- Toxic froth formed due to excessive overnight rainfall
- The task of cleaning weeds from the lake is still incomplete
- Karnataka CM stated one or two years will be required to clean up the lakes
Some places never run out of their habit to stay in the news. Bengaluru’s well known Bellandur lake is one such water body, which has been consistently in news for the past few months, for all the wrong reasons. The lake, which is a regular dump yard for untreated industrial sewage receives pollutants of all kind from industries and households. Years of this practice has resulted in Bellandur becoming an amalgamation of toxic pollutants, which transform into froth and often overflow into the city. On August 15, heavy rains in Bengaluru which were the highest received by the city in a century restarted the cycle of froth coming out of the lake and paralysing normal life.
The rains received by Bengaluru on the night of August 14 were reportedly the worst since 1890 and flooded homes and roads, and many places were in knee deep water. The rains also resulted in the comeback of dirty and foul-smelling toxic froth from the lake. The heavy rains on August 14 and 15 resulted in the increase of the lake’s water levels and the formation of thick, toxic froth. Many commuters were unable to drive around the lake area due to the intensity of the froth flowing around.
The downpour on Tuesday lasted for only three hours but the rains were so heavy that even the storm drains could not take the load. This resulted in the lake’s water levels increasing and formation of froth, said Manjunath Prasad, Commissioner, Bruhat Bengaluru Mahanagara Palike.
The problem of toxic froth from the lake keeps on rising and has reached literally high levels, going up to two storeys high on this occasion. The intensity of toxic froth on this occasion has been high enough to cover entire cars, disrupting commuting for travellers. Residents are forced to stay indoors, fearing infection due to the poisonous nature of the froth. The sad state of the 1000-acre lake is a result of apathy on behalf of the authorities and failure to comply with necessary orders from the National Green Tribunal (NGT).
This is the fourth time this year that the Bellandur lake is in news due to frothing and catching of fire in the lake. Following the NGT’s order in April 2017, the Bangalore Development Authority had begun clearing the lake of weeds, which made the lake prone to fire and was supposed to complete the task by the end of May. But the excessive levels of weeds in the lake, along with the magnanimity of the lake area have resulted in continuous delays in fulfillment of the task, which is still continuing. The heavy rains this week have ensured further delay in the task.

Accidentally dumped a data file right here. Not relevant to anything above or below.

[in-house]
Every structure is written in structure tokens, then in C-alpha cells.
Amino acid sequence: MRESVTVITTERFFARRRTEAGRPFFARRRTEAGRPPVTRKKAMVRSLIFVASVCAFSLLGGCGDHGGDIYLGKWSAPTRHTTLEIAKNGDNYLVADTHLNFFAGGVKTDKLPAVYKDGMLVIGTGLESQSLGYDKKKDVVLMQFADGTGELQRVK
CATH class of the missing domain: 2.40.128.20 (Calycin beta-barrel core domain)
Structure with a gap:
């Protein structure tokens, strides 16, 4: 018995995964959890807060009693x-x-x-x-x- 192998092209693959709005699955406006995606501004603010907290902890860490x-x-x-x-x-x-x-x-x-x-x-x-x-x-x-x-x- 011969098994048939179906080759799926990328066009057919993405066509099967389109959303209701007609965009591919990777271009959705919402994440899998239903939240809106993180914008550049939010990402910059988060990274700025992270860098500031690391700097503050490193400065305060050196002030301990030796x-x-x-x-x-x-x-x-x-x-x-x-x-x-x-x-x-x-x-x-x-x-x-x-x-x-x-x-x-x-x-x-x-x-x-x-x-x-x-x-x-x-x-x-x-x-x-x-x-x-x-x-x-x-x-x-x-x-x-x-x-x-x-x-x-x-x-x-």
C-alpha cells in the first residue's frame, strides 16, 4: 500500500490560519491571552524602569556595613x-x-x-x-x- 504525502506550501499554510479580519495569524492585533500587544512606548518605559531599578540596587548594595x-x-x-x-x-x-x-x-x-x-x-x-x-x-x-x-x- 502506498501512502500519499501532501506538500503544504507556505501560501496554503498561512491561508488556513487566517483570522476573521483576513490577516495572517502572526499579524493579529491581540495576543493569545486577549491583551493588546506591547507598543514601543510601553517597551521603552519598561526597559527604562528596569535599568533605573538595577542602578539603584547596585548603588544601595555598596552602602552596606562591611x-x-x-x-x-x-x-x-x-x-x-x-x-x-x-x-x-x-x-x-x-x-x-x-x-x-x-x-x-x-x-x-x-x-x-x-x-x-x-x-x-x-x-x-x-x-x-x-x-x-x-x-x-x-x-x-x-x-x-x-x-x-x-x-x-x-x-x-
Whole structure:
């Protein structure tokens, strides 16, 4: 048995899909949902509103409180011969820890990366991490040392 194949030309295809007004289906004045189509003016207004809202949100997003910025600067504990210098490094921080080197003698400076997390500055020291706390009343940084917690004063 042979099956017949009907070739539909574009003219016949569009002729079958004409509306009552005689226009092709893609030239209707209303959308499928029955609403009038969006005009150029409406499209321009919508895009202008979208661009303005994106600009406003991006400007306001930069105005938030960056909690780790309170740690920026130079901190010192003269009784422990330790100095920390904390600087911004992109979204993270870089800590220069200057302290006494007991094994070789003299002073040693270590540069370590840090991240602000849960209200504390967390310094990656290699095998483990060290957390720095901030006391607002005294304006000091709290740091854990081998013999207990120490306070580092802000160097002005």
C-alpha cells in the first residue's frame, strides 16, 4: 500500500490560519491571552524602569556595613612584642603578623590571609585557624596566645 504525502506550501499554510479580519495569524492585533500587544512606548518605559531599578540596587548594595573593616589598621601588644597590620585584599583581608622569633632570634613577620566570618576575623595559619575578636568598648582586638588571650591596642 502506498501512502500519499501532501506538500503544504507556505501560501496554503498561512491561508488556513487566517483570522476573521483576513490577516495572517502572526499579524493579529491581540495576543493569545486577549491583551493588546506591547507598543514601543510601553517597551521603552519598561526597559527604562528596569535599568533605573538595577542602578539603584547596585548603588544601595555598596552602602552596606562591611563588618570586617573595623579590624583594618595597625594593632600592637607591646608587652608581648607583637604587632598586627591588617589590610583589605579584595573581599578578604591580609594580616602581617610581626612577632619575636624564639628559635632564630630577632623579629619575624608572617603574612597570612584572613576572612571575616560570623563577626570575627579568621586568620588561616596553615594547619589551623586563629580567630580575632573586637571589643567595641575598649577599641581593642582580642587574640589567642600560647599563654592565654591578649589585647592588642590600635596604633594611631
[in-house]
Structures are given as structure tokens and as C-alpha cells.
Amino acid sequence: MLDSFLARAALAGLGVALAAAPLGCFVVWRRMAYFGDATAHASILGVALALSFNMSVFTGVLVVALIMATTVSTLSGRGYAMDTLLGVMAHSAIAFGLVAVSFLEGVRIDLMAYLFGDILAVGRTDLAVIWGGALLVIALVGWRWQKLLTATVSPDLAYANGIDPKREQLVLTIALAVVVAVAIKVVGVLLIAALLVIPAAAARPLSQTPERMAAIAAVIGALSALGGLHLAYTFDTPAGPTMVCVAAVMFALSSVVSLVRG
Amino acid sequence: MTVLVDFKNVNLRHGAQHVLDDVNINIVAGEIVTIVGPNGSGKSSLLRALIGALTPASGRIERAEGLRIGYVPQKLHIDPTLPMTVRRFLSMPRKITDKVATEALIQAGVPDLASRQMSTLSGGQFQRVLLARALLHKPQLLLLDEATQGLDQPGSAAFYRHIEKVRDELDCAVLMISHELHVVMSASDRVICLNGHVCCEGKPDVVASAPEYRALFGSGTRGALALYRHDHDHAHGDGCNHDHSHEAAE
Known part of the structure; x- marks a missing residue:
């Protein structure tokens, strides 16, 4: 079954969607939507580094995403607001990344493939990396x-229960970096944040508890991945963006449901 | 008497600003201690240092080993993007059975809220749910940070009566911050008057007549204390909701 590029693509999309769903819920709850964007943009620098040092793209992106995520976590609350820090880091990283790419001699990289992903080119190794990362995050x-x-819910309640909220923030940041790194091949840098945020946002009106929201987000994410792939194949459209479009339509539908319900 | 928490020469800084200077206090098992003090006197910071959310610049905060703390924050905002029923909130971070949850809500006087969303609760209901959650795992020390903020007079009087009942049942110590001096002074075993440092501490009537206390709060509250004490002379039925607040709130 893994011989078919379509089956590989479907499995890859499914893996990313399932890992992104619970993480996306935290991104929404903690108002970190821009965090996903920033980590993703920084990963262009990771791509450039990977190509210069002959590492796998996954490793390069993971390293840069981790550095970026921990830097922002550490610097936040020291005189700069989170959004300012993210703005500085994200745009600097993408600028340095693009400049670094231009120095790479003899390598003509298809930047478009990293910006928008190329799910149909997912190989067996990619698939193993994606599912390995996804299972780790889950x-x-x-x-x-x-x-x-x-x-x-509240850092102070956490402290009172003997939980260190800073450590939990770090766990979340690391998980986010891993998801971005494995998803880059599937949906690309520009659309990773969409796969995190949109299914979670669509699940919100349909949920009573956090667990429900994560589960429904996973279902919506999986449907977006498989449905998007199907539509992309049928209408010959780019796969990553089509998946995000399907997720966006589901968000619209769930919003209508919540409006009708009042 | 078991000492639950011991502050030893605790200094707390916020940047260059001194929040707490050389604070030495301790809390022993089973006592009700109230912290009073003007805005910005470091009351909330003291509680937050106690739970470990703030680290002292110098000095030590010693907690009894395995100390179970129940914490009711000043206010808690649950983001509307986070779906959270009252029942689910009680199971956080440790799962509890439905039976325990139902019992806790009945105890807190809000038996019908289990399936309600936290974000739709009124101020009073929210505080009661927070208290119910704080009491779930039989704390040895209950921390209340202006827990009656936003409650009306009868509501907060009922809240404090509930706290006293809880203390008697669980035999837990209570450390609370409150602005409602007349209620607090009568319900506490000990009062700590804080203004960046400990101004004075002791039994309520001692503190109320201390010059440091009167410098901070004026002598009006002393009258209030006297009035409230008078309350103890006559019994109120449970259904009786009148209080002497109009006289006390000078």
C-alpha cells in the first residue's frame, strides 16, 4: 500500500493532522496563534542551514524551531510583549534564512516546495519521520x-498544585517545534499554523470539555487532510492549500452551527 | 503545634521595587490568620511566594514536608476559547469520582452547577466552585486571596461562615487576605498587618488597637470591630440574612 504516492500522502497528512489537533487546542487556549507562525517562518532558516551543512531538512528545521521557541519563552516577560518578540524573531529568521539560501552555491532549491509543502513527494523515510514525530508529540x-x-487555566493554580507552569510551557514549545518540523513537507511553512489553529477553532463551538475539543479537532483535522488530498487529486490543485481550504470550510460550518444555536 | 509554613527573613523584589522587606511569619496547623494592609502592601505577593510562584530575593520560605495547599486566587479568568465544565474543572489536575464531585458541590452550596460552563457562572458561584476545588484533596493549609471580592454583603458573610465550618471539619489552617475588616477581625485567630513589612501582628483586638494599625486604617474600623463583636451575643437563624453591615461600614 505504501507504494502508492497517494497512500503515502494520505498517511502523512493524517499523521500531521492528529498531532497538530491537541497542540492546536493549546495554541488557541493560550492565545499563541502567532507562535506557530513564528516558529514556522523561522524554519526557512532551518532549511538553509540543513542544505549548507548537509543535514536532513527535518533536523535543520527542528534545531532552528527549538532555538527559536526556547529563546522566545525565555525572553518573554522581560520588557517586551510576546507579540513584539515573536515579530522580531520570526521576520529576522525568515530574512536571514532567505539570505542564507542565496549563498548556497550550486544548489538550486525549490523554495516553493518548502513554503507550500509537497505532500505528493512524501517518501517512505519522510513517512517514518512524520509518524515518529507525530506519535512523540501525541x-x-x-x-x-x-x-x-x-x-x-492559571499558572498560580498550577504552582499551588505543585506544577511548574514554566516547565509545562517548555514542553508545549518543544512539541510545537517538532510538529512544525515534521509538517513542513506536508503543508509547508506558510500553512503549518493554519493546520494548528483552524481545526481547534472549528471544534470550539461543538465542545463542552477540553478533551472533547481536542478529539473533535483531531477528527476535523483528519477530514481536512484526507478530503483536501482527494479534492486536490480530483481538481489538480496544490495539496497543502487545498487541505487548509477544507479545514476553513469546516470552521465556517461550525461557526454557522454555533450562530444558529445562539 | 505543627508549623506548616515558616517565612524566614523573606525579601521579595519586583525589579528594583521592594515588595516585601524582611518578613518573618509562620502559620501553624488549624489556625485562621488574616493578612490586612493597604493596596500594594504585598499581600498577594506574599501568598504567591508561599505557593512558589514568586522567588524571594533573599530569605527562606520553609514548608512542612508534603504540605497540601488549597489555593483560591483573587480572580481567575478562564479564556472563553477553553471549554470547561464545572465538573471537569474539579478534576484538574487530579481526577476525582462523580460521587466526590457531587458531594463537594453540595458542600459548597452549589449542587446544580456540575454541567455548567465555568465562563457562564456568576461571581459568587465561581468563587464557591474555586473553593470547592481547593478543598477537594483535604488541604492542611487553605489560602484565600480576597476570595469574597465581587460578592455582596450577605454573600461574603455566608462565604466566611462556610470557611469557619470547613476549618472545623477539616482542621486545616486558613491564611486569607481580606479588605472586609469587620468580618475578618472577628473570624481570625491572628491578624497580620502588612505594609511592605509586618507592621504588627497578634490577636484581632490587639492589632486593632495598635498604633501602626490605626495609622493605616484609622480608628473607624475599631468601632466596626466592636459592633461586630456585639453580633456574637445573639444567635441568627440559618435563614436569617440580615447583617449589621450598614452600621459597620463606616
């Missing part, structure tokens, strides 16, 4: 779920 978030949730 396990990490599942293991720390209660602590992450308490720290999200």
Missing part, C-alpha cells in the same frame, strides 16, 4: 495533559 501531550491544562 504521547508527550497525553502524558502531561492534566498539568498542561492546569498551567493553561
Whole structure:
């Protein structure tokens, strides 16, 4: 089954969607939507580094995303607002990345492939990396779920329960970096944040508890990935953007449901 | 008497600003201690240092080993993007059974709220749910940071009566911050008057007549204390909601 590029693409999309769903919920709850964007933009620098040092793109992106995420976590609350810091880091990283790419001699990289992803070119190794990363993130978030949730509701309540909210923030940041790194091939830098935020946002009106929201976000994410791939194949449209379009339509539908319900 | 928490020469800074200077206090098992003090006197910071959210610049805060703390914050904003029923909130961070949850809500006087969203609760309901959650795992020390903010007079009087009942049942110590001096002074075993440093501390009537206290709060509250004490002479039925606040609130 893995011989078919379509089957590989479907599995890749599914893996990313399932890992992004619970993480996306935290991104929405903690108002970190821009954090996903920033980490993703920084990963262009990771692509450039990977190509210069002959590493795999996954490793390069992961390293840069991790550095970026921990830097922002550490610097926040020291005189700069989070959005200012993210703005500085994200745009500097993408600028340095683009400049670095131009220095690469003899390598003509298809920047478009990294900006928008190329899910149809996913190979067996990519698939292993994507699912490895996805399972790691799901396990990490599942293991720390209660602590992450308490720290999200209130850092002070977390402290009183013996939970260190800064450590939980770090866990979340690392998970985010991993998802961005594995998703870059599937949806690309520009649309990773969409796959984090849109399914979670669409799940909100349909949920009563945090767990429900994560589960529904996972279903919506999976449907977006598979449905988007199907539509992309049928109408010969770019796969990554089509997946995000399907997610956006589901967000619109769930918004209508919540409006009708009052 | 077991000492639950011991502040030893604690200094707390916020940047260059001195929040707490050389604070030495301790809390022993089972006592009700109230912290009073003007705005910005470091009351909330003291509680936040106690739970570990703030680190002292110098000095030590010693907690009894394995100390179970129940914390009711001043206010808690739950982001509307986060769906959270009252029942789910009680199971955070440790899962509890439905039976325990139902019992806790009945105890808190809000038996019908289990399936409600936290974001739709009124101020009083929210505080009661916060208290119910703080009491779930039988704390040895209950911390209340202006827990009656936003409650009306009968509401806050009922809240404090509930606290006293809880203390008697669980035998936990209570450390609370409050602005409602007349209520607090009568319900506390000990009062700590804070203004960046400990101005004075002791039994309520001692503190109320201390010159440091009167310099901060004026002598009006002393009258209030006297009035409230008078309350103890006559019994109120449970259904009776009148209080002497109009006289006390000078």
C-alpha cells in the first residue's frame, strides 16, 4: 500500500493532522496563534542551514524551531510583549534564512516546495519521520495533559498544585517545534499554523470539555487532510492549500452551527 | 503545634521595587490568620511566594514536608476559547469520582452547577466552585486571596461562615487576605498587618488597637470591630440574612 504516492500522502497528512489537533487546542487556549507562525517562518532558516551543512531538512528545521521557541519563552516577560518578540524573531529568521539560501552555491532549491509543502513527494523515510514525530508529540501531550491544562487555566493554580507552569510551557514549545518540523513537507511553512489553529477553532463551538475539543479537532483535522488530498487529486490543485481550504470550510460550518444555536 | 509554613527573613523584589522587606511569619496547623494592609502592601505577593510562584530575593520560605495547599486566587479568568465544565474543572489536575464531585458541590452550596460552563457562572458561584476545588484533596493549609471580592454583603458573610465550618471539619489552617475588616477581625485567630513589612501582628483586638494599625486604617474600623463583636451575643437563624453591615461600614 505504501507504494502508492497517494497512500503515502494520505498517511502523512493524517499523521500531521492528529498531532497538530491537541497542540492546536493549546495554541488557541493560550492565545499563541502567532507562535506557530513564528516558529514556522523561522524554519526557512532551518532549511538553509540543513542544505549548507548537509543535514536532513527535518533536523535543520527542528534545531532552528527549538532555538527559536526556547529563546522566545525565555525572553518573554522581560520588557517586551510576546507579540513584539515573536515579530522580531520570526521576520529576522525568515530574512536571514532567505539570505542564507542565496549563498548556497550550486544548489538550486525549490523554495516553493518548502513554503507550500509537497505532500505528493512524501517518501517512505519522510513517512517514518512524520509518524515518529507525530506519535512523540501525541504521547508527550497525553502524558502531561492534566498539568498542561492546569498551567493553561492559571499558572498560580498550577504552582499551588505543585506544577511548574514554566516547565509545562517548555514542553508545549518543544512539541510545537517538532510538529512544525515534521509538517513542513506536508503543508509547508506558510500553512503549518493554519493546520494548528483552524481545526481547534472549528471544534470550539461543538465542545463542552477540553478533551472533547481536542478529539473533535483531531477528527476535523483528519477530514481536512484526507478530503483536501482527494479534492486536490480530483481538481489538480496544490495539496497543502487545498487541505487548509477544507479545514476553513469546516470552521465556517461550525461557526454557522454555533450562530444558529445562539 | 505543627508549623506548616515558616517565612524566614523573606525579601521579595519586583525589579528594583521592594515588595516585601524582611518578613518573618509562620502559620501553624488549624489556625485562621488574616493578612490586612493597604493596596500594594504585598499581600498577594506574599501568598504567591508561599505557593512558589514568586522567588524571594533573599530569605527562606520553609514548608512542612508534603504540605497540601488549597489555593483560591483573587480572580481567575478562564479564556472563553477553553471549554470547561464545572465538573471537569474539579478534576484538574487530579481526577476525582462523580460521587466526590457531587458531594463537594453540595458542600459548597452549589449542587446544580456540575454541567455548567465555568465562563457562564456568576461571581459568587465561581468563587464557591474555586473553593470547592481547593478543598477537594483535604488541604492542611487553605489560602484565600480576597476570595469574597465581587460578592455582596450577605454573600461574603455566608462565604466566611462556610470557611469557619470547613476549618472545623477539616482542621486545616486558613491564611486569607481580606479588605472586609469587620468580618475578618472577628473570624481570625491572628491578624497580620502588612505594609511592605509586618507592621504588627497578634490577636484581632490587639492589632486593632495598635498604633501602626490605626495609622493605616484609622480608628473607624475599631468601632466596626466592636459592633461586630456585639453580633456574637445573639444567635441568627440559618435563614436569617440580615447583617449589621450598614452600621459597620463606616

We have deployed high-power pumps and installed coir foam mattresses to stop the lake from frothing and clean out the weeds in the process. The intensity of the recent rains however, was too much for even our efforts to match. We are hopeful of cleaning the weeds from the lake’s surface very soon, said a Bangalore Development Authority official.
Toxic sewage continues to be dumped in the lake despite the NGT’s order of immediate closure of 76 industries near the Bellandur lake area. The lack of a sewage treatment plant near the lake has resulted in free flow of untreated sewage into Bellandur. The size of the lake, amount of toxic waste in it and occasional hurdles like the recent rains have only aggravated the problem of Bellandur, with no immediate solution, as of now. In March 2017, experts from Britain and Israel visited the lake to provide potential solutions to tackle the lake’s pollution before the situation became irreparable and went out of hand. Their suggestions of treating the incoming wastewater and getting rid of the accumulated weed deposit in the lake are yet to be effectively implemented, as seen from the recent frothing incident.
The Karnataka Chief Minister Siddaramaiah stated that it will take a minimum of one or two years to clean up Bengaluru’s polluted lakes. The Chief Minister had given a less optimistic response in May this year, when he stated that the frothing of the lake happened every year and was not something new. While the timeline of one or two years is understandable considering the status of Bengaluru’s lakes, the lack of proper planning and coordination between the concerned authorities and the inability to flush out weeds from Bellandur lake despite crossing three months of the scheduled deadline will not help the city’s authorities in their cleanup efforts.